Brain Injuries Tied to Sleep Difficulties Due to Melatonin Reduction

by Tanya Thomas on  May 25, 2010 at 3:42 PM Research News   - G J E 4
People with brain injuries may produce low amounts of melatonin, which affects their sleep, according to a study published in the May 25, 2010, print issue of Neurology®, the medical journal of the American Academy of Neurology.
 Brain Injuries Tied to Sleep Difficulties Due to Melatonin Reduction
Brain Injuries Tied to Sleep Difficulties Due to Melatonin Reduction

For the study, 23 people who had a severe traumatic brain injury an average of 14 months earlier and 23 healthy people of the same age spent two nights in a sleep laboratory.

"We've known that people often have problems with sleep after a brain injury, but we haven't known much about the exact causes of these problems," said study author Shantha Rajaratnam, PhD, of Monash University in Victoria, Australia.

The healthy people produced more melatonin than the people with brain injuries in the evening hours, when melatonin levels are supposed to rise to signal sleep. Melatonin is a hormone that regulates biological rhythms, including sleep.

"These results suggest that the brain injury may disrupt the brain structures that regulate sleep, including the production of melatonin," Rajaratnam said. "Future studies should examine whether taking supplemental melatonin can improve sleep in people with brain injuries."

The people with brain injuries had other differences in their sleep patterns. They spent less of their time in bed actually asleep than the healthy participants did, or a "sleep efficiency" percentage of 82 compared to 90 for the healthy group. They also spent more time awake after initially falling asleep, or an average of 62 minutes per night compared to 27 minutes for the healthy group.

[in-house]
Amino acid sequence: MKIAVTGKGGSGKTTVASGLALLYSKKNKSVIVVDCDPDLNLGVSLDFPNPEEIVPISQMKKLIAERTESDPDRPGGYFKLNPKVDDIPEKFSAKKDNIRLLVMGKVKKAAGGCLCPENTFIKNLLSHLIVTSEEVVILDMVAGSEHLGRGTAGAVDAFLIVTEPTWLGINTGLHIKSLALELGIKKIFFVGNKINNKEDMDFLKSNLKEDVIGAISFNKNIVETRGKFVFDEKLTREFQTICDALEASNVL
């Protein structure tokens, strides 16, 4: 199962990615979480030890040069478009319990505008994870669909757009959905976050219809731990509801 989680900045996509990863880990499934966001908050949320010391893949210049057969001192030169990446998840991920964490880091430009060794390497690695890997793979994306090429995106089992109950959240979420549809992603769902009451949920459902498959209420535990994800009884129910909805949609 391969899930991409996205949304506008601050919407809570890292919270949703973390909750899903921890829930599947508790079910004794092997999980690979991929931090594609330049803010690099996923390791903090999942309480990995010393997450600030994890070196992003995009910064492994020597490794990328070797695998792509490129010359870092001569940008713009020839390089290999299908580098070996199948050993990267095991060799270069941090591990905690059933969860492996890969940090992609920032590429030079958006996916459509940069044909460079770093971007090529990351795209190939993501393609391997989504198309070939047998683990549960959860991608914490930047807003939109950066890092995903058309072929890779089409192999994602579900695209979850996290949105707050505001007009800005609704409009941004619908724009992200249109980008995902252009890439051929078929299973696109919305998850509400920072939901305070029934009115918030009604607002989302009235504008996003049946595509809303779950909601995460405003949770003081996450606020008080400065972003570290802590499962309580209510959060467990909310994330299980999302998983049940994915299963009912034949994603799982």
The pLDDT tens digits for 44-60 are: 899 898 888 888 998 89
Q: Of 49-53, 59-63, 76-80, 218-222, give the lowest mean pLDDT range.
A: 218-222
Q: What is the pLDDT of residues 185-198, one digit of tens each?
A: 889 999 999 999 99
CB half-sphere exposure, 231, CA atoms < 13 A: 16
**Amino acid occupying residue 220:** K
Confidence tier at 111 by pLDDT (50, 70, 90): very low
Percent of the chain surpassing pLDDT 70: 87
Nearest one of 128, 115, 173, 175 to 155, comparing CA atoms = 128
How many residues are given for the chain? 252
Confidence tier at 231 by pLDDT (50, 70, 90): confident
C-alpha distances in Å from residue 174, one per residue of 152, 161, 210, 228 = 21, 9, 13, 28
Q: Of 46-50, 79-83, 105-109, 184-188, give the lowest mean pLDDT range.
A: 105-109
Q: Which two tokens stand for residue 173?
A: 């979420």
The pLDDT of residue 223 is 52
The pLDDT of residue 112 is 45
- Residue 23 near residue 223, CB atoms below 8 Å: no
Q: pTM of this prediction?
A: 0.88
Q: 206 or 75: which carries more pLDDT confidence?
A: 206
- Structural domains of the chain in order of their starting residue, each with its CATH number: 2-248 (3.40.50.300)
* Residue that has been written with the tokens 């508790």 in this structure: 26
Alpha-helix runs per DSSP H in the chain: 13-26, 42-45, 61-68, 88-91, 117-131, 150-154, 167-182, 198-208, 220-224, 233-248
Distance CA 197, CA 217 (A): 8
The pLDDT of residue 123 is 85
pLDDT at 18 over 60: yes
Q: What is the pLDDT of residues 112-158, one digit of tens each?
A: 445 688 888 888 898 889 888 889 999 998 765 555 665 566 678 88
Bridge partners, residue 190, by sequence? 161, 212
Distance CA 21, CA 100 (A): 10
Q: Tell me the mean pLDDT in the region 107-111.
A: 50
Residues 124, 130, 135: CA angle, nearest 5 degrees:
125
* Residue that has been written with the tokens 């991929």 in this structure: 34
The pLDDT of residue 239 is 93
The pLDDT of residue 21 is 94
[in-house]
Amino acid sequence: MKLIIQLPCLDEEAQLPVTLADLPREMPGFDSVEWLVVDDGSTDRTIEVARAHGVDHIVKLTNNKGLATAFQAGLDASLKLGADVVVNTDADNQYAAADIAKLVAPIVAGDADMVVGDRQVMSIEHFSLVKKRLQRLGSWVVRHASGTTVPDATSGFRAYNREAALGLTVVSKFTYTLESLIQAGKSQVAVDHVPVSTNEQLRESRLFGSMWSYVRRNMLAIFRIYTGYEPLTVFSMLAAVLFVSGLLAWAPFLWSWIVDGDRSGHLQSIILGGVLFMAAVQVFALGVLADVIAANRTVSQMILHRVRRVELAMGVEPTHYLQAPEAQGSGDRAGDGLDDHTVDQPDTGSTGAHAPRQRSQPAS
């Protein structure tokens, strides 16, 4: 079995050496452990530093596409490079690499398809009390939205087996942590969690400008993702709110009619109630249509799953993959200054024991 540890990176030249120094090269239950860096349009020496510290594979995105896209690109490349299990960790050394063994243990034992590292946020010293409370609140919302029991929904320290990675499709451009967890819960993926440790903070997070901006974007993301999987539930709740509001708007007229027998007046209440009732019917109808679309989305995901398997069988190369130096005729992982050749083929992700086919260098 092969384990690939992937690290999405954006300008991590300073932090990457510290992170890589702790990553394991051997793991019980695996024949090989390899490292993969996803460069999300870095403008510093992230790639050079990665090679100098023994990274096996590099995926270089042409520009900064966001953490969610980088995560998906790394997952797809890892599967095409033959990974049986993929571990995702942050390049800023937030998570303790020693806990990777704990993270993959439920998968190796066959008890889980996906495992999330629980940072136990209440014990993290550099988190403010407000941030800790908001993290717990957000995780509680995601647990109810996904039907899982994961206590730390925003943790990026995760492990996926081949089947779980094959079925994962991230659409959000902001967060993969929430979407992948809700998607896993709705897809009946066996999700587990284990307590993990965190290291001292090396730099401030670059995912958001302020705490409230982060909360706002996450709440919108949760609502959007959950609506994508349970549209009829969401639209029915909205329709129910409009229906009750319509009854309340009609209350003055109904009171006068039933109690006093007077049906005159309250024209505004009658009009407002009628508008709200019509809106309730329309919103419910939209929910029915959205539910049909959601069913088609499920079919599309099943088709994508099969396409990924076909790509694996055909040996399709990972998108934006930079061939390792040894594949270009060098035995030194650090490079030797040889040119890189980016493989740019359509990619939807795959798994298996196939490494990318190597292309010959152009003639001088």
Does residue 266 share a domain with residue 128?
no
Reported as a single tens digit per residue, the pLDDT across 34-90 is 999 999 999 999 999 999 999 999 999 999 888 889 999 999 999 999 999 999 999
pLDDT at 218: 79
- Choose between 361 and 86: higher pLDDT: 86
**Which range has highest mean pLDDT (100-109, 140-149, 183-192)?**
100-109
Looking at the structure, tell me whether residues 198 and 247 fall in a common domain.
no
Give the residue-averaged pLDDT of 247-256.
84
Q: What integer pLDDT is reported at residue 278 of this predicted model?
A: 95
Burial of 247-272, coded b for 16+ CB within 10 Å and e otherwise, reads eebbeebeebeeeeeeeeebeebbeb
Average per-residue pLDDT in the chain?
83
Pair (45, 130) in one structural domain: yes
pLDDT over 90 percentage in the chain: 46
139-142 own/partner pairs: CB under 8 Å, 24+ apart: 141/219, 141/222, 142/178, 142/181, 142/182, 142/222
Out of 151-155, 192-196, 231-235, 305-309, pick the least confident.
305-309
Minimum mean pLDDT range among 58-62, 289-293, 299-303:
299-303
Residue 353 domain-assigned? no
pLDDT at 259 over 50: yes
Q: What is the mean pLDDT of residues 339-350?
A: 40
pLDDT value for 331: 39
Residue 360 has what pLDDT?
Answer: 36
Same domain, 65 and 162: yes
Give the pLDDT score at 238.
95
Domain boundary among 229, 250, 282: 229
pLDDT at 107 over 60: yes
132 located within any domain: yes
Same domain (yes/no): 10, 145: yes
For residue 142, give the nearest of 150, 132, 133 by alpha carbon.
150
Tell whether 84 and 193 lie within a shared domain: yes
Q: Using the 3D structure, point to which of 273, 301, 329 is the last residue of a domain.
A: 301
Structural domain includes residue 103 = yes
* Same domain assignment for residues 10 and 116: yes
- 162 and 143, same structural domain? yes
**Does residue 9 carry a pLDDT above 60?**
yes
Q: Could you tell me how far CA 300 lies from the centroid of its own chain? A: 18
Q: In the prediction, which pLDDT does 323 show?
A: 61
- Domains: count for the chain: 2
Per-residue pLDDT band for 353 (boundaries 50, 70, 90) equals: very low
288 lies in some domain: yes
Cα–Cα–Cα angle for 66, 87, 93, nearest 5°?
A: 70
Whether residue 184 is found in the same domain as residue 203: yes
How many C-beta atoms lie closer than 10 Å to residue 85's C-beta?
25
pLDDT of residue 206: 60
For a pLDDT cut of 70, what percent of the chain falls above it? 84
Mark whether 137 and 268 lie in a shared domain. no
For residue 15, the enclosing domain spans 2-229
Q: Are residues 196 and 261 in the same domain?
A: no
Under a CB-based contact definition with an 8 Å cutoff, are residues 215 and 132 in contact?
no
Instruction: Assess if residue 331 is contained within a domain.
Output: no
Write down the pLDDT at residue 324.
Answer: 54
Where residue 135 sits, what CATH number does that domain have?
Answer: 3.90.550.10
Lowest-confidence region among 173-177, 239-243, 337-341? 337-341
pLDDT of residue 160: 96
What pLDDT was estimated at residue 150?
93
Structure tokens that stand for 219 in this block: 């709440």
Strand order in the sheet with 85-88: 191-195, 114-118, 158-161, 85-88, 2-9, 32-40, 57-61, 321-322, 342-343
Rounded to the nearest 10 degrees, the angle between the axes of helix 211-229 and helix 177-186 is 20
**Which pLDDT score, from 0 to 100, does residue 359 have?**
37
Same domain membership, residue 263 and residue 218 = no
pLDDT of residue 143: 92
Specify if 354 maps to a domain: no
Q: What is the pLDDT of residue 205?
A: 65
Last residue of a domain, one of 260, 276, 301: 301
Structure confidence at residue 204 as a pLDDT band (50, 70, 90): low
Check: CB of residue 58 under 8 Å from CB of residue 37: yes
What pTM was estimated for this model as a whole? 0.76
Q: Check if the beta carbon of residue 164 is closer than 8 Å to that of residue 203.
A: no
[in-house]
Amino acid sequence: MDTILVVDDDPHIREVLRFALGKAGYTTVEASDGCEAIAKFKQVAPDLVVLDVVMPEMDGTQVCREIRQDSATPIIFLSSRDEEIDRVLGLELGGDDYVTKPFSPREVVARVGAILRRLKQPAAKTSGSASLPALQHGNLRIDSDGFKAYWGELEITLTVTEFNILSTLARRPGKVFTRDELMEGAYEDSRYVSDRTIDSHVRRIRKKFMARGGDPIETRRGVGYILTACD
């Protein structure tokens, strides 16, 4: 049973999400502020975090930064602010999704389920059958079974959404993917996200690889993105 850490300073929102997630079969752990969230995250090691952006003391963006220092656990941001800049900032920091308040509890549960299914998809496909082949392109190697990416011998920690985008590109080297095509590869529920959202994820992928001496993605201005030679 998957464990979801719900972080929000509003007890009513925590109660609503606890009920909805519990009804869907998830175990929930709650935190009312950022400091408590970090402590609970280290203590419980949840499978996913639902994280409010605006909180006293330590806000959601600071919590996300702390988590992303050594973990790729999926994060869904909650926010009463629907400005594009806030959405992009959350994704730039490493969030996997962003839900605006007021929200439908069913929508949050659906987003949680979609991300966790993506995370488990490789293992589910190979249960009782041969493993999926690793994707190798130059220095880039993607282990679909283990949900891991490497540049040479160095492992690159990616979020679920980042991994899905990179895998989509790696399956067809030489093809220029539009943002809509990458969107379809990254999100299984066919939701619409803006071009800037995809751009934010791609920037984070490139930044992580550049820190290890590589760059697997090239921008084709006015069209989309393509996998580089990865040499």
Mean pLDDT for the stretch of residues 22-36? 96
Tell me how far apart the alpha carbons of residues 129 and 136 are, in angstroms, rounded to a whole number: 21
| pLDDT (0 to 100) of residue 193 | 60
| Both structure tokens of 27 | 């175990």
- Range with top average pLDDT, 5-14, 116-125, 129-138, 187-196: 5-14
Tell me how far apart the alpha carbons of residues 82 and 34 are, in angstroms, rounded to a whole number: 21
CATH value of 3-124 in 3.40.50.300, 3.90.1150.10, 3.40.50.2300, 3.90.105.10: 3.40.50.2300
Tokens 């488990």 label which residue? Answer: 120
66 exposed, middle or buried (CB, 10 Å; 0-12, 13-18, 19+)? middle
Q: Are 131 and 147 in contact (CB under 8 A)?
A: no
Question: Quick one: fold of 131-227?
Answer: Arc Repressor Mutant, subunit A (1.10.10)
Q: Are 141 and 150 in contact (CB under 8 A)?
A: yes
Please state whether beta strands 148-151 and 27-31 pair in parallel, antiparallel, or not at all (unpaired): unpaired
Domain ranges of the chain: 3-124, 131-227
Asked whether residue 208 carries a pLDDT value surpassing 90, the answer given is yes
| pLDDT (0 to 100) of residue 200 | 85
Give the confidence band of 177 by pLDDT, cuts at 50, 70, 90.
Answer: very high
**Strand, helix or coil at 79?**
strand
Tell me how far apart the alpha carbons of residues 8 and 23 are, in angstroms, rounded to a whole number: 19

In addition, the people with brain injuries spent more time in non-REM sleep, in a stage of sleep called slow-wake sleep or deep sleep. Those with brain injuries spent an average of 24 percent of their time in slow-wake sleep, compared to 20 percent of the time for healthy participants.

Those with brain injuries also had more symptoms of anxiety and depression. However, the researchers calculated the results to control for the anxiety and depression symptoms and still found differences in sleep patterns.

Source: Eurekalert

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INDEED!! In Dec. 2003 I was severely beaten with horrible blows to the left side of my head and ear. Sleeping was awful. It took more than two years before someone suggested melatonin, instead of the "drugs" the doctors were giving me to sleep. It is WONDERFUL. I tried last year to stop taking it and of course immediately went back to waking up within a few hours.

Neither my parents nor grandparents ever had trouble sleeping at night [although the grands would keep us all awake with their snoring!!].

Someone should extend the study to understand, if it's common, why it's SO hard to go back to sleep as well. Before that at times I'd woken up at night but NEVER had such a problem getting back to sleep.

At least this makes me feel better to know I'm not alone!

Perumula Tuesday, May 25, 2010

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